First impressions count and when you’re applying for jobs, that means your cover letter is your opening move.
A good cover letter should cover the basics: your skills and what you can bring to the role. But in today’s competitive job market, there’s always more you can do to get noticed.
- Keep it brief. If Twitter has taught us anything, it’s that you can say a whole lot with just a few words. While cover letters don’t need to be under 140 characters, too many candidates labour over long letters that won’t be read in detail – they’re read quickly to look for key highlights that align to the role, and to scan for errors.
So keep your cover letter focused - anywhere between 150 to 350 words is best. You can still show why you’re worthy of getting onto the shortlist within that word count. Keep your letter focused on your skills and potential and leave all the puffery behind - you’ll be surprised you ever used those extra words at all.
- Be yourself. We’re always on our best behaviour when writing cover letters but it can lead to awkward, formal writing. It’s the sort of writing that’s hard to read because the details that will make a boss want to hire you are hidden under a wall of “dear sir/madams”, “and “I am a self-starter team player who can work without direction”.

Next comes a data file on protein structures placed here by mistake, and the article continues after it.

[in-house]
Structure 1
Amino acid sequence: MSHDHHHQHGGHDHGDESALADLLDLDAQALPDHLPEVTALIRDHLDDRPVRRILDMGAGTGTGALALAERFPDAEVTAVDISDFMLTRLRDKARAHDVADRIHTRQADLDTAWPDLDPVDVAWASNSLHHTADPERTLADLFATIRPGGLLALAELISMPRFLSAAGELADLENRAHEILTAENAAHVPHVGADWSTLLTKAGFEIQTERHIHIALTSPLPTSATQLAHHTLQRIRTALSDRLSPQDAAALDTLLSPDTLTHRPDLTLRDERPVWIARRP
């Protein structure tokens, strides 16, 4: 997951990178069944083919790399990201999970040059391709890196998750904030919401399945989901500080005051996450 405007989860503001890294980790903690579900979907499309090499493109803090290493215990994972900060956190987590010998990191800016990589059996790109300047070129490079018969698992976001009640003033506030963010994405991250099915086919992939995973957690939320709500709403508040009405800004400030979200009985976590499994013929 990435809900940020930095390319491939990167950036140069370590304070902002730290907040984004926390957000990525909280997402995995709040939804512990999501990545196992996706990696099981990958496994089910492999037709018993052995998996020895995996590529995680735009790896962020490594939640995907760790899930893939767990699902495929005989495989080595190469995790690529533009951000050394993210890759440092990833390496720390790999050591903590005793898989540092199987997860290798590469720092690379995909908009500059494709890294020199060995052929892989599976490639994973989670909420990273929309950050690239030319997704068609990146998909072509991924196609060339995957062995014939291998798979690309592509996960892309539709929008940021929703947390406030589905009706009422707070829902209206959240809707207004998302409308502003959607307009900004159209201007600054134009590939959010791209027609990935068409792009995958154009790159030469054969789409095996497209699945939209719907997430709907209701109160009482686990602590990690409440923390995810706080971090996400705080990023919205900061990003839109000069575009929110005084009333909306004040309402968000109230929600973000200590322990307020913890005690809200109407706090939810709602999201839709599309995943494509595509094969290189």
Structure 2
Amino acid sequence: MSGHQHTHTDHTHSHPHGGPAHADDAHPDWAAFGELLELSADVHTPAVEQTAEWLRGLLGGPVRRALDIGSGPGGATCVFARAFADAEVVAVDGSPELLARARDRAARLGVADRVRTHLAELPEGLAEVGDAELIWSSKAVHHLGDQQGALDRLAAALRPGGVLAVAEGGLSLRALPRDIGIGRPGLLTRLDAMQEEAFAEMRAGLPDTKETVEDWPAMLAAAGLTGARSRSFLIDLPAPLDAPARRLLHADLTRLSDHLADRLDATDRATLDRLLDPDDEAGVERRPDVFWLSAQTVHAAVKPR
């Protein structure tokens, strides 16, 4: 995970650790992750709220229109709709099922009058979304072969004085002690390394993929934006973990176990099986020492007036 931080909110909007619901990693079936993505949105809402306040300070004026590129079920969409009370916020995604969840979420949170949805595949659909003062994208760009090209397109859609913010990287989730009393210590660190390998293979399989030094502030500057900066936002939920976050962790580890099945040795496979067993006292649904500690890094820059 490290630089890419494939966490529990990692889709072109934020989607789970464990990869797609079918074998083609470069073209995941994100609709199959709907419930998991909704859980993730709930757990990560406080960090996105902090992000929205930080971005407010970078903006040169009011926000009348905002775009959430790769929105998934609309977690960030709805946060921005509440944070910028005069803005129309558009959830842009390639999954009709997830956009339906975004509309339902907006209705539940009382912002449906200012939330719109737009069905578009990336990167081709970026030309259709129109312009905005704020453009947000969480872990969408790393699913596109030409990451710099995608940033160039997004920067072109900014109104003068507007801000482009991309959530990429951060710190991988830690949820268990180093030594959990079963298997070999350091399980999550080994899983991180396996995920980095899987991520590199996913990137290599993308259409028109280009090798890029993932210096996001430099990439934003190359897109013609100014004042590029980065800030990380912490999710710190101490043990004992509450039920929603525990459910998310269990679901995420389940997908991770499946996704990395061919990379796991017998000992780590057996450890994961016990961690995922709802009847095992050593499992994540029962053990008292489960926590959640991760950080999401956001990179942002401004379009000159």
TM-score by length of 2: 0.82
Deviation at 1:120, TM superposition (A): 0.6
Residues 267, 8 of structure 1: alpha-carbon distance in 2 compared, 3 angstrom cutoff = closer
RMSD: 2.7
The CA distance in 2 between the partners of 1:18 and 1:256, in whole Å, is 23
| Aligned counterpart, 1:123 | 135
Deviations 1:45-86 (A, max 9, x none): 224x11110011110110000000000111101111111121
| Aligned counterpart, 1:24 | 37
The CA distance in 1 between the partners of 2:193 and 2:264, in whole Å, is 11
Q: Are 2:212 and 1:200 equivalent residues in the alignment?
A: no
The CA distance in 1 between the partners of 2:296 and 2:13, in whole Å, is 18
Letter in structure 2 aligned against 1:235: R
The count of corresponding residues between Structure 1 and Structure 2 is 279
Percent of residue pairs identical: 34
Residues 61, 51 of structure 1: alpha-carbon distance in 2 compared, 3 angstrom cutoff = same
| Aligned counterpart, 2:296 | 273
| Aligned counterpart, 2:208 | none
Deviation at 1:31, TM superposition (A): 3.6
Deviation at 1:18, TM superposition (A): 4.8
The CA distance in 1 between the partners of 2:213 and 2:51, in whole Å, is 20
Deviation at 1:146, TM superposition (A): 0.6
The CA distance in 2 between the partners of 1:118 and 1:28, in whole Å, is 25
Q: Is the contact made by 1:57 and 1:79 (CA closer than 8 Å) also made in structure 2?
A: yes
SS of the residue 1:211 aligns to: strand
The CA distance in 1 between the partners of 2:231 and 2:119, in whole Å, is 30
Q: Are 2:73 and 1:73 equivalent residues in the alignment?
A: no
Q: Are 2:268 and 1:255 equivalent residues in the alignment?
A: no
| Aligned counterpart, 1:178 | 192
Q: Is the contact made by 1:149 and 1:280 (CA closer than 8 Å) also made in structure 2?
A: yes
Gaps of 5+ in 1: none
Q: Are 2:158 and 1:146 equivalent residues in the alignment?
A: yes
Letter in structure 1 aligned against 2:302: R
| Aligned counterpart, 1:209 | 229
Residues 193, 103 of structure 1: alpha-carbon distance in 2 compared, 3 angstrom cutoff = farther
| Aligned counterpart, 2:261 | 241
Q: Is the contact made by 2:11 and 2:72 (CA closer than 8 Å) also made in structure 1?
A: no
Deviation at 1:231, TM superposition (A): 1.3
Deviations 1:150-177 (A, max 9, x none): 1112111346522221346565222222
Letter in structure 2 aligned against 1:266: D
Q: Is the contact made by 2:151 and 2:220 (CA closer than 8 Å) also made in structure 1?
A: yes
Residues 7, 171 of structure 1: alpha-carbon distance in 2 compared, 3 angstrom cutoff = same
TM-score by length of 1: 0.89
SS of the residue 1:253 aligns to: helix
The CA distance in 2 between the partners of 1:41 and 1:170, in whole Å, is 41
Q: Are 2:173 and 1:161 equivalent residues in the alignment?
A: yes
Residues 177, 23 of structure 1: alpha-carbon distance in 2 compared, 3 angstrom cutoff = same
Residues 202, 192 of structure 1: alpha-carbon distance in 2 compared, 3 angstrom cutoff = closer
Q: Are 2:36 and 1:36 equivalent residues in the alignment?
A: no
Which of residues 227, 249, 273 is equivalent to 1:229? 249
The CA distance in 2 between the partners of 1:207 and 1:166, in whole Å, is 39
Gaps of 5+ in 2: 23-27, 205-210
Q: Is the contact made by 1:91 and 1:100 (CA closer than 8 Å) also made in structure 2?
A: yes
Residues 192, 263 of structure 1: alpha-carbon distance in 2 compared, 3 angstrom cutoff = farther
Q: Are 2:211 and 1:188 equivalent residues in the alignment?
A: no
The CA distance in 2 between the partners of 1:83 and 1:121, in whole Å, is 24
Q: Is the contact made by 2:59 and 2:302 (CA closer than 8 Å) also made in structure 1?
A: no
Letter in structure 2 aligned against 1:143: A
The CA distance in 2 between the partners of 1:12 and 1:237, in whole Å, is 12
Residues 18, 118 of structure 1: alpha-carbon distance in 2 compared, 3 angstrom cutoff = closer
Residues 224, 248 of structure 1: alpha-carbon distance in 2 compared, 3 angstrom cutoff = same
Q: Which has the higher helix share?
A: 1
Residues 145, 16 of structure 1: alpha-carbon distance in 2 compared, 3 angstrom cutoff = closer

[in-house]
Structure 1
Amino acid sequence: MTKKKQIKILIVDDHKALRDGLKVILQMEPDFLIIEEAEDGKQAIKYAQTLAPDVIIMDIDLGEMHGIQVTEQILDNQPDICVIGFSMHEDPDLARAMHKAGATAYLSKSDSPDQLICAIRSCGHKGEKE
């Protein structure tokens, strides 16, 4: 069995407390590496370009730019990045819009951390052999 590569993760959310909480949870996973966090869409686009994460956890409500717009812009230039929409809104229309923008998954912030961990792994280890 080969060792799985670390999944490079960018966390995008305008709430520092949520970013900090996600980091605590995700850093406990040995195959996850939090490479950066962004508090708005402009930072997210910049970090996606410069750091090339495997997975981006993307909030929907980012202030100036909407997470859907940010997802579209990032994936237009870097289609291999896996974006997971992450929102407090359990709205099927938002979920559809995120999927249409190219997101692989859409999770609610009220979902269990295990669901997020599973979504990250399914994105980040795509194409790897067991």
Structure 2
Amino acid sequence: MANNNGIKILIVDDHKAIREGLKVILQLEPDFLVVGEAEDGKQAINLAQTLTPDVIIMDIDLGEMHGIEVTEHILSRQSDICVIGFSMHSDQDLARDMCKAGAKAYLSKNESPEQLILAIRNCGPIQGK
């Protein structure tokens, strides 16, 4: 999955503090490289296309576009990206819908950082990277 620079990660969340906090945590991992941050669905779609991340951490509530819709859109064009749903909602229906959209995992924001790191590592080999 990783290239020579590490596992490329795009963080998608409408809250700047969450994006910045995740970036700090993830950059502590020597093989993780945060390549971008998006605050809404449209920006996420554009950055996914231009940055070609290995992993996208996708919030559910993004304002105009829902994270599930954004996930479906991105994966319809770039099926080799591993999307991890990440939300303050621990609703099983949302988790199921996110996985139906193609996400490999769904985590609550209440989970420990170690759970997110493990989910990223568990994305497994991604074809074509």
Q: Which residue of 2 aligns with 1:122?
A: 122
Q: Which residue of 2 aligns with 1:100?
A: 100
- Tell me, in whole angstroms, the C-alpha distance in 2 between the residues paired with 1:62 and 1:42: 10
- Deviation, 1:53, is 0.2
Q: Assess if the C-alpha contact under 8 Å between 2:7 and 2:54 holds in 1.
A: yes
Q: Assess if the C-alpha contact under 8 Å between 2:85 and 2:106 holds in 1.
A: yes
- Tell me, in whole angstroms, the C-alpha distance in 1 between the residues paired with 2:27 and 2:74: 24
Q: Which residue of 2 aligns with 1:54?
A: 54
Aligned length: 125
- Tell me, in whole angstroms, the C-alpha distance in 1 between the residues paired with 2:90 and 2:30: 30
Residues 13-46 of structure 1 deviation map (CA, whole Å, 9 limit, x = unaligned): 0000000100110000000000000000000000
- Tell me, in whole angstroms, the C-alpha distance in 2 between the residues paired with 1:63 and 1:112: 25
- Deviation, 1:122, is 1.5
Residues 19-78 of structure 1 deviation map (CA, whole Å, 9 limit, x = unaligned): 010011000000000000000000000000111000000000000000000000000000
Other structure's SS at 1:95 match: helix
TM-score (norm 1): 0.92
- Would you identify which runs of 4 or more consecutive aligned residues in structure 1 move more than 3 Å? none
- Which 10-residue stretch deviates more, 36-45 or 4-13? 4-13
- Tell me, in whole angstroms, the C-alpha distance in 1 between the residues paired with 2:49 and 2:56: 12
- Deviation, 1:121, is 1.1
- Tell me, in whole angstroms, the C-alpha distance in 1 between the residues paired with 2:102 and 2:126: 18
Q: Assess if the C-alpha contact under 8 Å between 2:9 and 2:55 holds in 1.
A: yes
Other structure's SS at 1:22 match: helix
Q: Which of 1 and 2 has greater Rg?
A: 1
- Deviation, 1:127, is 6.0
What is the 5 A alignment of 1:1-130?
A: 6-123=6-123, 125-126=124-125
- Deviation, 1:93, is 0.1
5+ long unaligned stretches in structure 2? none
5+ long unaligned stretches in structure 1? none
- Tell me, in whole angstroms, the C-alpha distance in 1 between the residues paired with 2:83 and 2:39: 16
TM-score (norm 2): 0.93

That best behaviour voice won’t get you an interview because it’s missing what’s so special about your job application: you!
Write your cover letter with the same voice you’d use at a meeting: relaxed, knowledgeable, to the point and with the odd joke or bit of personality thrown in (if appropriate). Let employers know who you are and why they want to arrange an interview.
- Show that you’re the solution to all their problems. Employers have a problem: they need someone to fill a vacant role and reading applications and interviewing people takes time away from their jobs. What they really want is for you to show them you’re the solution to all their problems.
Research the company or industry and work out what challenges they’re facing. Do you have a solution? Tell them how you can help with your ideas, skills or experience.
Even if you’re addressing key selection criteria, show what you achieved and use their questions to show results.
- It’s more than repeating your resume. Don’t give a short version of your resume in your cover letter. If an employer wants to read your resume, they will grab that file. What they want to read is about you – what can you show them that is different from every other cover letter? Why would they want to read your resume? What is it that makes you the person they must interview? It’s not just your work history: they want to know how you approach problems, and your interest in both the industry and their company.
Charles Young, Director of recruitment agency Citak, agrees. He recommends “give more than what is in your CV - try to prove your interest in the job or industry; that will always help you”.
Write your cover letter with the same voice you’d use at a meeting: relaxed, knowledgeable, to the point and with the odd joke or bit of personality thrown in (if appropriate).